4 Replies Latest reply on Oct 24, 2003 5:38 AM by Petri Wessman

    Correct way to abort transaction in session bean?

    Petri Wessman Newbie

      Hello all, this is probably a straightforward question but a small amount of RTFM failed to enlighten me.

      If I have a session bean with container-managed transactions (say "Required" for example), what is the correct and portable way to abort the transaction, causing rollback of any referenced entity beans etc? Should I throw a certain type of exception, any type of exception, or manually reference the transaction API?

      For example, currently I have session bean code that looks like this:

      public void doSomething () throws MyOwnException {
      EntitybeanLocal entity = ... (get entity bean);
      (get data, possibly set some other entity data)

      if (!everythingOk) {
      // damn, the data isn't suitable for doSomething,
      // rollback transaction (hopefully)
      throw new MyOwnException("blech, no luck, try again later");
      }
      }

      Is throwing a user-defined exception enough, or should I do something else/more?

      All enlightenment appreciated :)

      //Petri

        • 1. Re: Correct way to abort transaction in session bean?
          Petri Wessman Newbie

          Hmm, nobody?

          I'd have thought that this was close to a FAQ (though I didn't find the answer there :), since automatic transaction management is such a basic part of EJBs. Apparently it's not as common knowledge as I thought. Hmph. Back to RTFM...

          • 2. Re: Correct way to abort transaction in session bean?
            Petri Wessman Newbie

            Addendum: Sun's j2ee blueprints has the following:

            ----
            6. What are some tips for using container-managed transaction demarcation?
            ...
            * Implement rollbacks by calling EJBContext, and then throwing an exception.
            ----

            I assume that refers to calling setRollbackOnly() on the context(?).

            So is the correct j2ee (and/or JBoss) way to do this the following?:

            if (kaboom) {
            context.setRollbackOnly();
            throw new MyOwnException("boom!");
            }

            Or should I throw an instance of EJBException?

            • 3. Re: Correct way to abort transaction in session bean?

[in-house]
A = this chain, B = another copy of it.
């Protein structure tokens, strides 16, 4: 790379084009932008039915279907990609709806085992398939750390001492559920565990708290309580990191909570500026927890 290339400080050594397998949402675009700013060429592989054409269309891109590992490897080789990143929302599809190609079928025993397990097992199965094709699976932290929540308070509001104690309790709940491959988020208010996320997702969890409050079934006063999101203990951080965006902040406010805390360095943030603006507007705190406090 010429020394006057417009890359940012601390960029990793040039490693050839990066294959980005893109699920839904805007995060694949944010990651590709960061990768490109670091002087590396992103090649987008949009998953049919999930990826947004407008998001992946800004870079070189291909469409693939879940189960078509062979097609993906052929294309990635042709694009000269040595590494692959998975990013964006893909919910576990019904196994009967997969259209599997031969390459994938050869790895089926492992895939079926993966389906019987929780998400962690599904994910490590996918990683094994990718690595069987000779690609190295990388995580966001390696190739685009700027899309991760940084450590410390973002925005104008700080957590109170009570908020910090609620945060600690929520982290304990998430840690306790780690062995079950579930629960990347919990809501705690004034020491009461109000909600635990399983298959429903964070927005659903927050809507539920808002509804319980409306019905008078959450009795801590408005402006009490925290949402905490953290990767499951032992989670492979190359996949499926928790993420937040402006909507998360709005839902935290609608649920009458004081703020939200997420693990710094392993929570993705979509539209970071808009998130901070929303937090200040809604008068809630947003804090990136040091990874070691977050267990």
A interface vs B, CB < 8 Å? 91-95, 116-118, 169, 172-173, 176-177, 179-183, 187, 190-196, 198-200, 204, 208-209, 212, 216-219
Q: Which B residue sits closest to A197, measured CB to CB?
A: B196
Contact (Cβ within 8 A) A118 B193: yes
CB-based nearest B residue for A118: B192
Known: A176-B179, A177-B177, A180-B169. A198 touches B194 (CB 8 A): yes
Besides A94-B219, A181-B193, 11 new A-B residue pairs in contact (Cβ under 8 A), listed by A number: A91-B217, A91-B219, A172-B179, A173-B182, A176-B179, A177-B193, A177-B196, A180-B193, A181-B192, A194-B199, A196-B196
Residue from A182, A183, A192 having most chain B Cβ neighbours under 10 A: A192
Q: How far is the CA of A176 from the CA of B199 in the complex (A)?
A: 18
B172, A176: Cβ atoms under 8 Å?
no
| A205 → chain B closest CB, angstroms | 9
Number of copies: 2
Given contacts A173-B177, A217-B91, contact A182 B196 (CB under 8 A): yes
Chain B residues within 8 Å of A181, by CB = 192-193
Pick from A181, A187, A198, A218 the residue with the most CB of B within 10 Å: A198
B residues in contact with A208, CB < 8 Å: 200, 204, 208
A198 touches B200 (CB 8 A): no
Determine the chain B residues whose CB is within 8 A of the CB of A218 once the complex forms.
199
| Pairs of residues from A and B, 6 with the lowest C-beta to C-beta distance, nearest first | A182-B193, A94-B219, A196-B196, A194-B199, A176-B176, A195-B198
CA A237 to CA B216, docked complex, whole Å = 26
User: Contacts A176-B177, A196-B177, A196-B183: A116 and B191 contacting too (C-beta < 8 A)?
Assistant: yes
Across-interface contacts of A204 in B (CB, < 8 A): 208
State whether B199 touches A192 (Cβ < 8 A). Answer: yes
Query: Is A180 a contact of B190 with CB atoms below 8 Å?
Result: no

Ivan O. Parra Novice

              Generally, anyone correct me if I'm wrong, you have 2 types of exception. Runtime and application.

              If a runtime exception is thrown and is observed across a app server boundary(proxies), then the transaction is automatically rollback.

              If an application exception is thrown, the appserver will not doing anything to the transaction. It's up to the application to call context.setRollBackOnly().

              EJBException is a standard runtime exception that can be extended to include more information. The transaction should also rollback if a NullPointerException or any other type of runtime exception is caught.

              Answer your question?
              -Ivan

              • 4. Re: Correct way to abort transaction in session bean?
                Petri Wessman Newbie

                ...
                > EJBException is a standard runtime exception that can
                > be extended to include more information. The
                > transaction should also rollback if a
                > NullPointerException or any other type of runtime
                > exception is caught.
                >
                > Answer your question?
                > -Ivan

                Yes, thanks, it confirms what I've read elsewhere.

                So apparently there are two ways of doing this:

                a) throw EJBException or some other "system" exception, this will cause rollback automatically.

                b) call context.setRollbackOnly(), then throw your own (application) exception.

                Which one is more suitable for you depends on the application, and on whether you want to wrap eveything as EJBExceptions.